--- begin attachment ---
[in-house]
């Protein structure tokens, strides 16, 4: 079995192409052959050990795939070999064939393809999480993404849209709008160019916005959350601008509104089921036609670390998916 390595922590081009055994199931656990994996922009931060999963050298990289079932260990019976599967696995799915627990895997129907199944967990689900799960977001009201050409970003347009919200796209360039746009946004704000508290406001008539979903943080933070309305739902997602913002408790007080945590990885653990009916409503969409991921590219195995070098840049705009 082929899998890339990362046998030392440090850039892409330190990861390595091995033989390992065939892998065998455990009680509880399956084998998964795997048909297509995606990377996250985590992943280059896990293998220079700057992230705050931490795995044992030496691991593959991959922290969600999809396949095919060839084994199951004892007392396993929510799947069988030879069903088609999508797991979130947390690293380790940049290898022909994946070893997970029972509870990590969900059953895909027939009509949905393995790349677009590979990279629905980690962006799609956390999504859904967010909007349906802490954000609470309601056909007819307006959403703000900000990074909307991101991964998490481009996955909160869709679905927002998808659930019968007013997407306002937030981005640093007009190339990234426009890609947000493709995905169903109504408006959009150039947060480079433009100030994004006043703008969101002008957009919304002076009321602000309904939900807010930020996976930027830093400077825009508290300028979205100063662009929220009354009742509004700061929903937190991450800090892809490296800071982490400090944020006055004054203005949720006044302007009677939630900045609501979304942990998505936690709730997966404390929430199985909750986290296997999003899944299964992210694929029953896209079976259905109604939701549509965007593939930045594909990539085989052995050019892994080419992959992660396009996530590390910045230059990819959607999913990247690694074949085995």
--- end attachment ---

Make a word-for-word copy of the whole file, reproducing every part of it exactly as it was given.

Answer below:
[in-house]
């Protein structure tokens, strides 16, 4: 079995192409052959050990795939070999064939393809999480993404849209709008160019916005959350601008509104089921036609670390998916 390595922590081009055994199931656990994996922009931060999963050298990289079932260990019976599967696995799915627990895997129907199944967990689900799960977001009201050409970003347009919200796209360039746009946004704000508290406001008539979903943080933070309305739902997602913002408790007080945590990885653990009916409503969409991921590219195995070098840049705009 082929899998890339990362046998030392440090850039892409330190990861390595091995033989390992065939892998065998455990009680509880399956084998998964795997048909297509995606990377996250985590992943280059896990293998220079700057992230705050931490795995044992030496691991593959991959922290969600999809396949095919060839084994199951004892007392396993929510799947069988030879069903088609999508797991979130947390690293380790940049290898022909994946070893997970029972509870990590969900059953895909027939009509949905393995790349677009590979990279629905980690962006799609956390999504859904967010909007349906802490954000609470309601056909007819307006959403703000900000990074909307991101991964998490481009996955909160869709679905927002998808659930019968007013997407306002937030981005640093007009190339990234426009890609947000493709995905169903109504408006959009150039947060480079433009100030994004006043703008969101002008957009919304002076009321602000309904939900807010930020996976930027830093400077825009508290300028979205100063662009929220009354009742509004700061929903937190991450800090892809490296800071982490400090944020006055004054203005949720006044302007009677939630900045609501979304942990998505936690709730997966404390929430199985909750986290296997999003899944299964992210694929029953896209079976259905109604939701549509965007593939930045594909990539085989052995050019892994080419992959992660396009996530590390910045230059990819959607999913990247690694074949085995």